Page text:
Work on blog post!

Wine. (But not every night. Seriously. Maybe on a Thursday, or on Wednesday, because you know, #WineWednesday)

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Ripping out seams. I try to get zen with it but sometimes you just have to curse.

Exciting right!? Some of the tasks can easily be a time suck if I’m not careful (I’m looking at YOU social media). I kind of enjoy Instagramming, but Twitter gives me a headache. I tried Snapchat and frankly, I am just too old for it. Facebook is like an old friend who is there, so I use it. And if there is a cat video in my Facebook feed…there goes the next 5 minutes of my life.

I will sometimes go work at a cafe for a couple of hours at the end of the day to focus on lower priority  but still important tasks, (like writing blog posts, reading articles, website updates, etc.) I am usually super productive for about 2 hours, and a cafe is a nice change of scenery since I am usually at my home studio. And bonus, no cats coming to “cuddle” on your keyboard while typing.

Any comments or questions? Leave them below or on our Facebook page – until next time! 🙂

 

 

Behind the Seams Part 1: The Making of a Dress

Dozens of steps happen before that cute dress makes it onto the retail floor, and I’ve been asked regularly if I sew everything. The answer is no, and I’m going to try to explain the process in plain language without boring you to death in this post, which is part one of two. After conceiving and sketching the design, a pattern is made. I draft patterns the traditional way, on paper, but some folks use a computer to create patterns.

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Example of a paper pattern

 

After the first pattern is completed, a prototype is sewn to test the fit and overall style. A fit model tries on the prototype and 95% of the time, some edits are made at this point. If I’m lucky, I’ll only need to sew up one more prototype before the pattern is finalized.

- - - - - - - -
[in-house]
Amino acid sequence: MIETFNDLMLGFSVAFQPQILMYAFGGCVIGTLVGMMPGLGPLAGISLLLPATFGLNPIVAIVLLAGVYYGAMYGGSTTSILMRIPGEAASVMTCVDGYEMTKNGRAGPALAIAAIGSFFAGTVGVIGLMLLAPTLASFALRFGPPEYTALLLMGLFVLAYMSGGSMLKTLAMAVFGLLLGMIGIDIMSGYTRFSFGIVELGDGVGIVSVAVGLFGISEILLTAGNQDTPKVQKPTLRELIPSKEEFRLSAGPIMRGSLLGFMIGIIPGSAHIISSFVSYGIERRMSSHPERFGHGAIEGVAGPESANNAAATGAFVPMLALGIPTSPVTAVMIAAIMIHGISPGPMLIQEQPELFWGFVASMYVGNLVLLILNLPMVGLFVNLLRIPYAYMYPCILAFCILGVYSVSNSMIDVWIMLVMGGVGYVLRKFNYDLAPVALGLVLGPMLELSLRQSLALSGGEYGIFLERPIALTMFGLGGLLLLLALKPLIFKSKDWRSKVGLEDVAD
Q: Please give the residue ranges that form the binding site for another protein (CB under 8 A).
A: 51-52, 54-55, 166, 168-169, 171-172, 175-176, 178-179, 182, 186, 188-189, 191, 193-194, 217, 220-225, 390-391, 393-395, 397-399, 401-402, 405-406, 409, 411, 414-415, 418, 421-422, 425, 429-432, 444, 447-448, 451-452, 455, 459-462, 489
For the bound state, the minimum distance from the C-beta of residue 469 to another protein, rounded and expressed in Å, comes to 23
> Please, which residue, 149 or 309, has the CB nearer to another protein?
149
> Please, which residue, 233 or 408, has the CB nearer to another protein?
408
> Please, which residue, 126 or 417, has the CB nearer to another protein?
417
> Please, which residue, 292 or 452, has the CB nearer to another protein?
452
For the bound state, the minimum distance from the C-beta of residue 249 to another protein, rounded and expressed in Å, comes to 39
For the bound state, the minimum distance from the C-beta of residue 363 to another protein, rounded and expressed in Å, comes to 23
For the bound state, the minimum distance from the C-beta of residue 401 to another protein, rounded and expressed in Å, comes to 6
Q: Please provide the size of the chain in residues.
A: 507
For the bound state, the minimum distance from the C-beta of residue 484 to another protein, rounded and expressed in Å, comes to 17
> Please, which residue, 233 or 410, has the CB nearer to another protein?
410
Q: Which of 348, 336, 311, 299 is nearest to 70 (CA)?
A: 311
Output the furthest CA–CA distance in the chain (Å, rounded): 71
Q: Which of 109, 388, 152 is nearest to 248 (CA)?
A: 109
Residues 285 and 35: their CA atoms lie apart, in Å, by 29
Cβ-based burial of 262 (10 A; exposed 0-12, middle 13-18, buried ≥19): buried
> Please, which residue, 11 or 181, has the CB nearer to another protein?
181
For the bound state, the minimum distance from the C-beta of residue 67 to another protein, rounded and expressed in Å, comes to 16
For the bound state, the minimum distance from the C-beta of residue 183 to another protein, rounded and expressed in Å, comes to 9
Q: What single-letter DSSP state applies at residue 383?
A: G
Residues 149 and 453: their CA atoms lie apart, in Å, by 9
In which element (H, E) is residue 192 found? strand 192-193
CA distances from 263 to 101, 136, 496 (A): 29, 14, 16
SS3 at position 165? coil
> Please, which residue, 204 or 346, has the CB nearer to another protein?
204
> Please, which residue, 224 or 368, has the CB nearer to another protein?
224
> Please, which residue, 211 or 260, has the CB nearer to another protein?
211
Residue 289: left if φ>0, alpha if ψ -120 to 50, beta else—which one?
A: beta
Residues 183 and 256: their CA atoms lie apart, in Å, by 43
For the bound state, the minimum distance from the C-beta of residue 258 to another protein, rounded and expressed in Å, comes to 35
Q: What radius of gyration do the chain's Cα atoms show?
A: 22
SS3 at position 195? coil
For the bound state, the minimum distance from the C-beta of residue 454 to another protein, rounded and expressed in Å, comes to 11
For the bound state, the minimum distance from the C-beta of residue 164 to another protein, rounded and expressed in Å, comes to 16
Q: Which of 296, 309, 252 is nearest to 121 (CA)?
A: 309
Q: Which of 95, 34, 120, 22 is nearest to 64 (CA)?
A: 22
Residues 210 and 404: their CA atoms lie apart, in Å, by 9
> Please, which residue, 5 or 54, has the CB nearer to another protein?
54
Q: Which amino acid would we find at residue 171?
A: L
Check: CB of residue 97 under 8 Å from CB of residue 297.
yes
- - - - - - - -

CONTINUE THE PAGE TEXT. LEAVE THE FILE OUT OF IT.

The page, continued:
Now the fun part…but the part which can be uber time consuming – the fabric selection! Some designs start with the fabric already in mind – other times, it happens concurrent with design process or not until after the design is complete. This process can take a long time – as there are many factors that go into selecting a fabric appropriate for the style – does it need to stretch? Do you want it to be machine washable? Is it the correct weight for the season? It is also good practice to get a sample of the fabric, sew the prototype, and wash and wear it to see how it holds up.

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Once the pattern is finalized, it is turned into a production pattern, with  all of the proper markings and notations needed for the sewer and fabric cutter. The paper pattern is sent off to get digitized and graded.  A pattern is typically drafted in a size medium, and the grader adapts the pattern for your size range (e.g. S, M, L). Next, a marker is made. The marker is a commercial version of a paper home sewing pattern- a huge piece of paper showing what pieces need to be cut. Around the same time the pattern is getting digitized, you need to figure out how much fabric to order. I work with my marker maker to get the yields, and to try to get as little waste as possible from the fabric. And at every one of these steps, I double check their work to make sure all of the specs are as I requested.

Some factories will cut your fabric, but some of them won’t.  Unfortunately mine doesn’t, so I bring my fabric and marker to my cutter.  When the cutter’s done, I pick up the cuts and bring them to my factory. It’s a lot of schlepping and a great upper body workout – those rolls of fabric are HEAVY!